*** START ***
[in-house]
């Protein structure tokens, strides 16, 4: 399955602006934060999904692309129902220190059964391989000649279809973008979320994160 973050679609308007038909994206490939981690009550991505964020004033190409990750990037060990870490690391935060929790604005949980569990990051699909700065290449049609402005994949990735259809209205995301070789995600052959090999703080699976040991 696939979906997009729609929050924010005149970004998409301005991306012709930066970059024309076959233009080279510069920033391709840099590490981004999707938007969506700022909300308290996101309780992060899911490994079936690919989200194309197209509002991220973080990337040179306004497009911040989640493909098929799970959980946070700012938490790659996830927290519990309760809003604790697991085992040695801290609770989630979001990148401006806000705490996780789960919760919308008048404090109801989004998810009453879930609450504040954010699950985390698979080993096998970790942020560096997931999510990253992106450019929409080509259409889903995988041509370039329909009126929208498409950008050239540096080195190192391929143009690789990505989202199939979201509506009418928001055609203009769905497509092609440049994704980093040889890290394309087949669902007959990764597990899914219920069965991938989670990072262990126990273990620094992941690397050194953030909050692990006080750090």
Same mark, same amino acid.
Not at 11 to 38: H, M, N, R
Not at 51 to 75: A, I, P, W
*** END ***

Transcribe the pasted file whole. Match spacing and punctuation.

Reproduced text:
[in-house]
């Protein structure tokens, strides 16, 4: 399955602006934060999904692309129902220190059964391989000649279809973008979320994160 973050679609308007038909994206490939981690009550991505964020004033190409990750990037060990870490690391935060929790604005949980569990990051699909700065290449049609402005994949990735259809209205995301070789995600052959090999703080699976040991 696939979906997009729609929050924010005149970004998409301005991306012709930066970059024309076959233009080279510069920033391709840099590490981004999707938007969506700022909300308290996101309780992060899911490994079936690919989200194309197209509002991220973080990337040179306004497009911040989640493909098929799970959980946070700012938490790659996830927290519990309760809003604790697991085992040695801290609770989630979001990148401006806000705490996780789960919760919308008048404090109801989004998810009453879930609450504040954010699950985390698979080993096998970790942020560096997931999510990253992106450019929409080509259409889903995988041509370039329909009126929208498409950008050239540096080195190192391929143009690789990505989202199939979201509506009418928001055609203009769905497509092609440049994704980093040889890290394309087949669902007959990764597990899914219920069965991938989670990072262990126990273990620094992941690397050194953030909050692990006080750090």
Same mark, same amino acid.
Not at 11 to 38: H, M, N, R
Not at 51 to 75: A, I, P, W